• Synaptic vesicles fuse w/membrane

    • Ca2+pumped out, or taken in by mitochondria

  • Neurotransmitter binds to postsynaptic receptor

  • Ion channels open in the postsynaptic membrane

    • Receptor changes shape, causing ion channels to open generating graded potential

  • Neurotransmitter effects are terminated

    • Degradation by enzymes

    • Reuptake by astrocytes or presynaptic terminal

    • Diffusion away from synapse

      *Note: Synaptic delay – rate determining step b/s slower than AP

Neurotransmitters one, how will that affect the number of neurotransmitter released?

  • 50+ have been indentified

  • Most neurons make 2 or more

  • Chemical Classifications

    • Ach

    • Amines

    • Purines

    • Amino Acids

    • Peptides

    • Dissolved Gasses

  • Functional Classifications

    • Effects

      • Excitatory – cause depolarization

      • Inhibitory – cause hyperpolarization

      • Both – dependent on receptor type

    • Action Mechanism

      • Direct - bind to ion channels

      • Indirect – long lasting

        • Intracellular 20 messenger

Neural integration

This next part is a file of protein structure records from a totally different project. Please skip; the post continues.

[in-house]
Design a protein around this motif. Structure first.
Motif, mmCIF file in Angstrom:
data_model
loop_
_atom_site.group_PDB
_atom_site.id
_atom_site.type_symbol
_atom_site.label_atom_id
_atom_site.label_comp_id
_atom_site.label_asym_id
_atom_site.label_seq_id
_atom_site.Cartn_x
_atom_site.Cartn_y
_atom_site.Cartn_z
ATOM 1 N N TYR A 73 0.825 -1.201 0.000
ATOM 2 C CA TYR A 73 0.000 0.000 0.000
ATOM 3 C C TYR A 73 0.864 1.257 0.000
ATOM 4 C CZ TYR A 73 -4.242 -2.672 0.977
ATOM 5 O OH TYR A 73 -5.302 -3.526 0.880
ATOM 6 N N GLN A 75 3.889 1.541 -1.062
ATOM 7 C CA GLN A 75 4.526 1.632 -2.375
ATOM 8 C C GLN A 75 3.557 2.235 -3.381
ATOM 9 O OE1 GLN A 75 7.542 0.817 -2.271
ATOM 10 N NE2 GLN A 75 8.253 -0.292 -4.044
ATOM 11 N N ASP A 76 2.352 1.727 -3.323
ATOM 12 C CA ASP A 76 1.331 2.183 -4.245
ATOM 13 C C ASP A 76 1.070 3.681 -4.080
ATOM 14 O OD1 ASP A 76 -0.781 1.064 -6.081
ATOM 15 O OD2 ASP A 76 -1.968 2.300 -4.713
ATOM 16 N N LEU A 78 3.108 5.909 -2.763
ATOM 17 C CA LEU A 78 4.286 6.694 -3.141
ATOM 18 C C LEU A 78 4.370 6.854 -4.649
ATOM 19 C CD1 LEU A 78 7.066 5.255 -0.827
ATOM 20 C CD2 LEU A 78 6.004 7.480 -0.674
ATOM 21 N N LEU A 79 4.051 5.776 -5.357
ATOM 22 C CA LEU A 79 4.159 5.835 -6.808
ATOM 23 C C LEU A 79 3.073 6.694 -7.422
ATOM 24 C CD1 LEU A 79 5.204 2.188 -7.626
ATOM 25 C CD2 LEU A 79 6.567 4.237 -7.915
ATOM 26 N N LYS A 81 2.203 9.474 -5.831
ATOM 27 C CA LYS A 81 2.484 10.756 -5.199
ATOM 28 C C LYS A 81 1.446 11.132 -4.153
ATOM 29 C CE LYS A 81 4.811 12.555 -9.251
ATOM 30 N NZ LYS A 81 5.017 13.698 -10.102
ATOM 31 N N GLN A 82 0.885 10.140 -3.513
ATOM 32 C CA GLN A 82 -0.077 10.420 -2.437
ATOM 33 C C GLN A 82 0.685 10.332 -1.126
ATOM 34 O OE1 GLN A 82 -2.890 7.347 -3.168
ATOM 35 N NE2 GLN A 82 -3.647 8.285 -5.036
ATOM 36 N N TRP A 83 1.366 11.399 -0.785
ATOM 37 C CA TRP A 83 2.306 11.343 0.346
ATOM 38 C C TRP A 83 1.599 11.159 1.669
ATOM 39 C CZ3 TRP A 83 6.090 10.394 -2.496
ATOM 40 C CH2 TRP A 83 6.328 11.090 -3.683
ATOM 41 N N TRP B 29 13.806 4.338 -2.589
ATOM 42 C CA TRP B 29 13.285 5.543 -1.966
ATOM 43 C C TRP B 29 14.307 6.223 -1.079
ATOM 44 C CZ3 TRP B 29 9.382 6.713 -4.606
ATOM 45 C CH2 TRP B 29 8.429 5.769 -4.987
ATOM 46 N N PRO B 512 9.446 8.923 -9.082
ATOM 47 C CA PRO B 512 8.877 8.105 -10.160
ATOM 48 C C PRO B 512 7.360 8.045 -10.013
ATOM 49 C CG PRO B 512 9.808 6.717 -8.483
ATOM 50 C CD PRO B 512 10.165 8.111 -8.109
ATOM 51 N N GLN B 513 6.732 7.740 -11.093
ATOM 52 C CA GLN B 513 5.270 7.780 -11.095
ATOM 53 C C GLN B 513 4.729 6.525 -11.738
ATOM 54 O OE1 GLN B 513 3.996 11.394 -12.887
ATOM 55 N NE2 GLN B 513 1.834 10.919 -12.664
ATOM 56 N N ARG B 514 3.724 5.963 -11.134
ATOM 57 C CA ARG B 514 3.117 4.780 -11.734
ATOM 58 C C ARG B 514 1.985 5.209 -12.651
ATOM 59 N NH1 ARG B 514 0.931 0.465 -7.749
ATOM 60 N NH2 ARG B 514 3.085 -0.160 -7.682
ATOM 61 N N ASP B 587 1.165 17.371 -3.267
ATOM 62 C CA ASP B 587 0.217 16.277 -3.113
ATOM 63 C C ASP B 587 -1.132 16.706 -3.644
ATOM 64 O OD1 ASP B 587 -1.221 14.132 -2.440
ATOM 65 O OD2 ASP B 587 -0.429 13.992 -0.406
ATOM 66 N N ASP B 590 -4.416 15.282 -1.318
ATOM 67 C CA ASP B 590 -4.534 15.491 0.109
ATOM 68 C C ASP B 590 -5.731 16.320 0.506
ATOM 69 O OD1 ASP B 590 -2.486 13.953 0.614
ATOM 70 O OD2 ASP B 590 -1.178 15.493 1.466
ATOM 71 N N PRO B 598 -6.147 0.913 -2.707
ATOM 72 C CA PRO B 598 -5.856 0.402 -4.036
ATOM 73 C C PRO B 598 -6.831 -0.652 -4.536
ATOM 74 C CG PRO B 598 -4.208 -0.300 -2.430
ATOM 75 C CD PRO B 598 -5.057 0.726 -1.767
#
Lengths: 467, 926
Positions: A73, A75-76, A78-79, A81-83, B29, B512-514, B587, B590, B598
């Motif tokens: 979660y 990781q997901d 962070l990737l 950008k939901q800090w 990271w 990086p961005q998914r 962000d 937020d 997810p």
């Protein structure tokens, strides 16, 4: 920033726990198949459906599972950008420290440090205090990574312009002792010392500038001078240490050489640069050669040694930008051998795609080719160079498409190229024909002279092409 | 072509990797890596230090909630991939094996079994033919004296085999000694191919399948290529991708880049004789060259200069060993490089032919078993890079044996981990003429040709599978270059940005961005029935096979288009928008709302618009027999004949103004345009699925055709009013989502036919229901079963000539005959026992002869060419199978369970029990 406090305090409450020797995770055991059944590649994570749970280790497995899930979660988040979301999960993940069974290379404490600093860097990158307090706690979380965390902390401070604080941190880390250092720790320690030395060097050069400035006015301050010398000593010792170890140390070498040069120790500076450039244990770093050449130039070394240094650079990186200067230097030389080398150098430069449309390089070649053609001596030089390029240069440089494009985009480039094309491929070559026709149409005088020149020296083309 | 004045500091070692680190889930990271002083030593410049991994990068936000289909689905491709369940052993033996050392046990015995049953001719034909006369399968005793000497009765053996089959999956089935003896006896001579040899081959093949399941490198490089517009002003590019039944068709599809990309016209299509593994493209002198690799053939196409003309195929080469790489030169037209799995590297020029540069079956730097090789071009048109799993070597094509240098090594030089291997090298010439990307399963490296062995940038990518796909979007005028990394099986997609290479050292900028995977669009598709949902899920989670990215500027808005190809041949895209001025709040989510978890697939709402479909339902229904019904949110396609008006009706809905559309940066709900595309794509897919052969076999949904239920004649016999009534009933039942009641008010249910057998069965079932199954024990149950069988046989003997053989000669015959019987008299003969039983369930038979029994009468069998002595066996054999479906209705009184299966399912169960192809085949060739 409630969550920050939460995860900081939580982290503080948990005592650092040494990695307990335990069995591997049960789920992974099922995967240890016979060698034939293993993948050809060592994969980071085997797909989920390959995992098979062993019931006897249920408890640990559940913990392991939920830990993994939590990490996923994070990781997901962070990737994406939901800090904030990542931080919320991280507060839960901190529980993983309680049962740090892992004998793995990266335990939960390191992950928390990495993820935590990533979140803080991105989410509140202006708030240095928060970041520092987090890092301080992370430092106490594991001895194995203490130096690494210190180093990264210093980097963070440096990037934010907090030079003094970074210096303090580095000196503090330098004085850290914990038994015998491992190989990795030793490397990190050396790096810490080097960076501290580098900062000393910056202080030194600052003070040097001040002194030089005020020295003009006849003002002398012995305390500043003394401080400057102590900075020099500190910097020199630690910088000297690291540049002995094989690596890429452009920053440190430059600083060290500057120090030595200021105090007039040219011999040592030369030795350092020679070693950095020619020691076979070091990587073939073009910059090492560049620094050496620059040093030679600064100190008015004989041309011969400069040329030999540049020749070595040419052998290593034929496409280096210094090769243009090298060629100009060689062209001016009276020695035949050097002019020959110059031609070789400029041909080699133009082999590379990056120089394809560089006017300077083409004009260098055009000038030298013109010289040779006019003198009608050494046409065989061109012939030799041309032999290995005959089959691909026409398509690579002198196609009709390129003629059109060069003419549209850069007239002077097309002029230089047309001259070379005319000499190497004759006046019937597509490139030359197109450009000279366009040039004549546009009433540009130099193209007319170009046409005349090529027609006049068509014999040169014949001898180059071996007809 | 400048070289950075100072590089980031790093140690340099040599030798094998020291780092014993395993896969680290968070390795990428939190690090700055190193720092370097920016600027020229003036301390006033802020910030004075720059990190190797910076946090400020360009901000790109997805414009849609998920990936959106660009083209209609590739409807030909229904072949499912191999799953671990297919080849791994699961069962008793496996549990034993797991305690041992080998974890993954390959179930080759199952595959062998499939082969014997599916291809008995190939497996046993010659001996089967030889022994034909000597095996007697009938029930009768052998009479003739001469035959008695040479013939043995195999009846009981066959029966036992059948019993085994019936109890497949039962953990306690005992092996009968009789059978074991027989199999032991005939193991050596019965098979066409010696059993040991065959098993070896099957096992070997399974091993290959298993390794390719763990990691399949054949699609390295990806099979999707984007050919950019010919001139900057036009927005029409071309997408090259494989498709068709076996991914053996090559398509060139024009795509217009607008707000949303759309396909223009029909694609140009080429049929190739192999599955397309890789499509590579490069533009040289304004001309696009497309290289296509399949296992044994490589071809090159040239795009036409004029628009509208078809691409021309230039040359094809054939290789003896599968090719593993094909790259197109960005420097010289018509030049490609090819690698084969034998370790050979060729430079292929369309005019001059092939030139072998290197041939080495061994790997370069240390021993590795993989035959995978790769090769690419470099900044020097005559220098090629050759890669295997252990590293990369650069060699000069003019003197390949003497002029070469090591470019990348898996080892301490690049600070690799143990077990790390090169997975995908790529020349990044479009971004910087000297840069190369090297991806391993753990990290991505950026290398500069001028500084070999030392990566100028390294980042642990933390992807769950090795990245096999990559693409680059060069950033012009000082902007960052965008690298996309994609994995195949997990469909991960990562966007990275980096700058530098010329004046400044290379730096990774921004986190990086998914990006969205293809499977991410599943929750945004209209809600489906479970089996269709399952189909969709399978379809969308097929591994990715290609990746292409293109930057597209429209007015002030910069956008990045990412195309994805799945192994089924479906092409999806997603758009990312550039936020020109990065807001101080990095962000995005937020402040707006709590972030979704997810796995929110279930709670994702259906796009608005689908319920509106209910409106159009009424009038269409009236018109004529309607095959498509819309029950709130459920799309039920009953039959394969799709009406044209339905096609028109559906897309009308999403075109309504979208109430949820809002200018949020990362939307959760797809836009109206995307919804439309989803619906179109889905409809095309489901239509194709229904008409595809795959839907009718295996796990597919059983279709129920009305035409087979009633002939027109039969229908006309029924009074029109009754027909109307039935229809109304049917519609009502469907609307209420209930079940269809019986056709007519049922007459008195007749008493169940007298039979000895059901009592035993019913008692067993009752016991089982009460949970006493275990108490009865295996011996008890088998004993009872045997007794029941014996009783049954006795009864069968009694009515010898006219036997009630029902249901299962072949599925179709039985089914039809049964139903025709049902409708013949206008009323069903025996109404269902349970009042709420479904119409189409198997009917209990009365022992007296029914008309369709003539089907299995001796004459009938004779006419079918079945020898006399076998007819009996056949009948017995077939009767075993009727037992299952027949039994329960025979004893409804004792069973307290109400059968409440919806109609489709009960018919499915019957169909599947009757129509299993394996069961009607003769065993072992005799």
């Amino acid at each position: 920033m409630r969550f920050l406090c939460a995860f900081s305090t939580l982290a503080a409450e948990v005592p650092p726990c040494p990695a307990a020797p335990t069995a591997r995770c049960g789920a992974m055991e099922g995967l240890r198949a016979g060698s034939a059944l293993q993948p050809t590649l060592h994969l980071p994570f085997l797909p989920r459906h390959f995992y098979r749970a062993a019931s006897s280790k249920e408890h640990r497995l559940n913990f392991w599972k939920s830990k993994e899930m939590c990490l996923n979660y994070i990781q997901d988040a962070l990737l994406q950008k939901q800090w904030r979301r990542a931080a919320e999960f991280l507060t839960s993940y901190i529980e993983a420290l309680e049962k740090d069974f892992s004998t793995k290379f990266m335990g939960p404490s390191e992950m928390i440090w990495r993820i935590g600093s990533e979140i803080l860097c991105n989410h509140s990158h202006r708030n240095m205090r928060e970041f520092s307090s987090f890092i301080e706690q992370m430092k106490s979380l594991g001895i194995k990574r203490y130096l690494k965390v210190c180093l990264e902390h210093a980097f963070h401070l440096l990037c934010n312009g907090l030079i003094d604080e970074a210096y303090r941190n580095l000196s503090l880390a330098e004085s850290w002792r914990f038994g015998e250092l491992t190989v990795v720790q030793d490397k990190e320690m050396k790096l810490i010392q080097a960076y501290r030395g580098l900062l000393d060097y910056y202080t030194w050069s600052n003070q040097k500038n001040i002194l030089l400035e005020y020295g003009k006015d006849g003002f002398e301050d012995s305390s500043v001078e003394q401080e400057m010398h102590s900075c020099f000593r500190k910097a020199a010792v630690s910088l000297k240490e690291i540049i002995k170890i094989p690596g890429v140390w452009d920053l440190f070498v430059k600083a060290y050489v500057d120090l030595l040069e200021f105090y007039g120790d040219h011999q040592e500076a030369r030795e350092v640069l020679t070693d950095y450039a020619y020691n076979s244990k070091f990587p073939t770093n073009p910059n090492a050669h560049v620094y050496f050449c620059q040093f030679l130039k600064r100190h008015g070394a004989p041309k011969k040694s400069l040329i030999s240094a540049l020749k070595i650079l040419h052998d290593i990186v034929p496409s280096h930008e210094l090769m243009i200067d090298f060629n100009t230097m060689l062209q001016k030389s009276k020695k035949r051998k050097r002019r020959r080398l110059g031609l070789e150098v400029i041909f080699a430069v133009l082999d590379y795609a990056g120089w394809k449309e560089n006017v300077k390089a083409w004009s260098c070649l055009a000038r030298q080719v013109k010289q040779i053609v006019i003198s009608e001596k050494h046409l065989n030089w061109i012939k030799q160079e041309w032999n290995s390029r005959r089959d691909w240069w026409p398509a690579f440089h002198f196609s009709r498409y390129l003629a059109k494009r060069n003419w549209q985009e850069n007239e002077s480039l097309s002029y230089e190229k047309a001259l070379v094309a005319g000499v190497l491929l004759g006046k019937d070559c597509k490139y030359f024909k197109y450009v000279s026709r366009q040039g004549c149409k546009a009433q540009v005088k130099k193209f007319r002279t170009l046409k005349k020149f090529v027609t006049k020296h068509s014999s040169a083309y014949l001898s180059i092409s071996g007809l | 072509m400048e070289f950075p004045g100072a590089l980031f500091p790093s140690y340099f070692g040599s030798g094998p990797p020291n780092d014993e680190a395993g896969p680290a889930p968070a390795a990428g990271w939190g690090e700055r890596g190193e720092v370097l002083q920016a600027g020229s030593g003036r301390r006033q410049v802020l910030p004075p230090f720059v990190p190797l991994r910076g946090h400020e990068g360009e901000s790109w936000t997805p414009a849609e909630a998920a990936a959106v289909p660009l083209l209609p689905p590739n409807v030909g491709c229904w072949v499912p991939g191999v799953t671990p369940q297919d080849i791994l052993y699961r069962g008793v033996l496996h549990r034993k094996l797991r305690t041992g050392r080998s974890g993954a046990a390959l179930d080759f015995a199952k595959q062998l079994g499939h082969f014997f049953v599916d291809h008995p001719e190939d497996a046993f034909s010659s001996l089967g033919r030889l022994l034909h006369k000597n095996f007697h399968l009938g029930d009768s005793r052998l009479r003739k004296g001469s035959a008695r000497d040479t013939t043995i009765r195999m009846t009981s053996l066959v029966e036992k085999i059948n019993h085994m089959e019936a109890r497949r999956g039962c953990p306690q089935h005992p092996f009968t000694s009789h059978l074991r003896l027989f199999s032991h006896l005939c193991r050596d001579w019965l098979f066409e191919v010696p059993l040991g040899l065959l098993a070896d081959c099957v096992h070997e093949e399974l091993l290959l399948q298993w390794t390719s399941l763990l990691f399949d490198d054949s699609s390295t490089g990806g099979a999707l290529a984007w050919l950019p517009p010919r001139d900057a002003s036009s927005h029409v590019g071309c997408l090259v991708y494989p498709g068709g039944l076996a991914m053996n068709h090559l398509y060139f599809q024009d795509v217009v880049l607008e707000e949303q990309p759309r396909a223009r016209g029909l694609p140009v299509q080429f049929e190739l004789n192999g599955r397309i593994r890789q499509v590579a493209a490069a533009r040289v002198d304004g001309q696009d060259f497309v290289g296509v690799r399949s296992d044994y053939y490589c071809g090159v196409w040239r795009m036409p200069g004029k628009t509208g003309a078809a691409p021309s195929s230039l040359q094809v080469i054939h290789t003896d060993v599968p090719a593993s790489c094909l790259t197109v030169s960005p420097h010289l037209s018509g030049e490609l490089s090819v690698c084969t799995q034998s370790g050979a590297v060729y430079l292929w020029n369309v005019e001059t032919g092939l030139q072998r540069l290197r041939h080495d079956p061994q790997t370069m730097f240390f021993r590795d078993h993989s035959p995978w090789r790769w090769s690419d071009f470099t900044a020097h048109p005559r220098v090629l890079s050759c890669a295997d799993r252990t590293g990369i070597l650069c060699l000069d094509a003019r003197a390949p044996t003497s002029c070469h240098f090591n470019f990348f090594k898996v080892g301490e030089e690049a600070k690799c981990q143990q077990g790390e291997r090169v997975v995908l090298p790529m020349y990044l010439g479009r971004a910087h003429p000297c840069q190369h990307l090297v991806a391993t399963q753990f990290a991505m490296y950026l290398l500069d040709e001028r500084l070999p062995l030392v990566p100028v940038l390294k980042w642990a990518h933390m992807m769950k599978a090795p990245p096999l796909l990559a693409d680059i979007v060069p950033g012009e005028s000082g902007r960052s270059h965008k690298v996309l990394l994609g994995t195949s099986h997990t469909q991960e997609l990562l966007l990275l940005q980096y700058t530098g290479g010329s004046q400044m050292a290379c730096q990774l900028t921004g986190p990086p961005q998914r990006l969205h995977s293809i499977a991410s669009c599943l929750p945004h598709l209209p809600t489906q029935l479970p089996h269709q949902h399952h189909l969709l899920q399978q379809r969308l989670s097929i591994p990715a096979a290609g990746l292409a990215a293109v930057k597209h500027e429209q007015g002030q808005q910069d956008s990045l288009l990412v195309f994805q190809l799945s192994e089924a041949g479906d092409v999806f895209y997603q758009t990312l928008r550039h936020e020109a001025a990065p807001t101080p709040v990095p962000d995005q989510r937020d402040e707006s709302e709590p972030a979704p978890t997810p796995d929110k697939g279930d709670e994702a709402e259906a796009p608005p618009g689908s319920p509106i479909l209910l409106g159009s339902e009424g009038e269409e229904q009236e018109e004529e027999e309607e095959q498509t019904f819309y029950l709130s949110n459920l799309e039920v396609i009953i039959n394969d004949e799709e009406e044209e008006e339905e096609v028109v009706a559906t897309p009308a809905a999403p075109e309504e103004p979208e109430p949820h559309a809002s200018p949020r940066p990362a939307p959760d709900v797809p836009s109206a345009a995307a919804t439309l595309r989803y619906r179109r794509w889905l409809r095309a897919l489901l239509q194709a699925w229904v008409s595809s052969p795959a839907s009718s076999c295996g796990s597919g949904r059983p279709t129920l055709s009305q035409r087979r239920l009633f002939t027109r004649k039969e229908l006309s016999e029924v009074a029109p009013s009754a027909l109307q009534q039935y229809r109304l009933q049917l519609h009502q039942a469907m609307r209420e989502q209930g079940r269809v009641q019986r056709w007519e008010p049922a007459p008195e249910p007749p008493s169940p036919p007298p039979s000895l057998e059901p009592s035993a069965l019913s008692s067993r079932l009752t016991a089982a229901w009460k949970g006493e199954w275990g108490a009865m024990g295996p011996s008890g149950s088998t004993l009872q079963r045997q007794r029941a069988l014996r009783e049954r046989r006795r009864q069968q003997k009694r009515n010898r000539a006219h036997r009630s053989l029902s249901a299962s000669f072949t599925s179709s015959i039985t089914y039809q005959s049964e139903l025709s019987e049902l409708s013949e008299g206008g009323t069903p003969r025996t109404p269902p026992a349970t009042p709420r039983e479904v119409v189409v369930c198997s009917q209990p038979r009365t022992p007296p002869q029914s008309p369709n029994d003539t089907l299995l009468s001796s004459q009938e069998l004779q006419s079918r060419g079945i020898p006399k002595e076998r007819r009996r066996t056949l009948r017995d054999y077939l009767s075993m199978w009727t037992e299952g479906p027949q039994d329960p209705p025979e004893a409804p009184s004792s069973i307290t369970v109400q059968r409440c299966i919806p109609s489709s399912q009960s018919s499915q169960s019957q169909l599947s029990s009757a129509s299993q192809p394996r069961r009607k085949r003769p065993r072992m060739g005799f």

Neural Integration one, how will that affect the number of neurotransmitter released?

  • Neurons function in groups

  • Neuronal pools – integrate incoming info in CNS

  • Circuits – patterns of neuronal pools

    • Diverging circuits

      • Amplify (1 triggers many, which each trigger many more)

      • Sensory & motor

    • Converging circuits

      • Funnel or concentrating effect

      • Different sensory can have same effect

    • Oscillating (reverberating) circuits

      • Chain of neurons w/colateral synapses (+) feedback

      • Sleep-wake cycle, breathing, arm swing w/walk

Reflexes one, how will that affect the number of neurotransmitter released?

  • Reflex – involuntary response to stimulus w/o requiring the brain

  • Particular stimulus always causes the same response

  • Reflex arc-receptor  sensory neuron Interneuron motor neuron  effector

  • Ex. Knee jerk reflex

  • Babinski reflex (infants only)

    • Stroke sole of foot  toes fan out

  • Plantar reflex (adults only)

    • Stroke sole of foot toes curl

  • Signals sent to brain by interneurons allow for control

    • Ex. Toilet training, gag, blink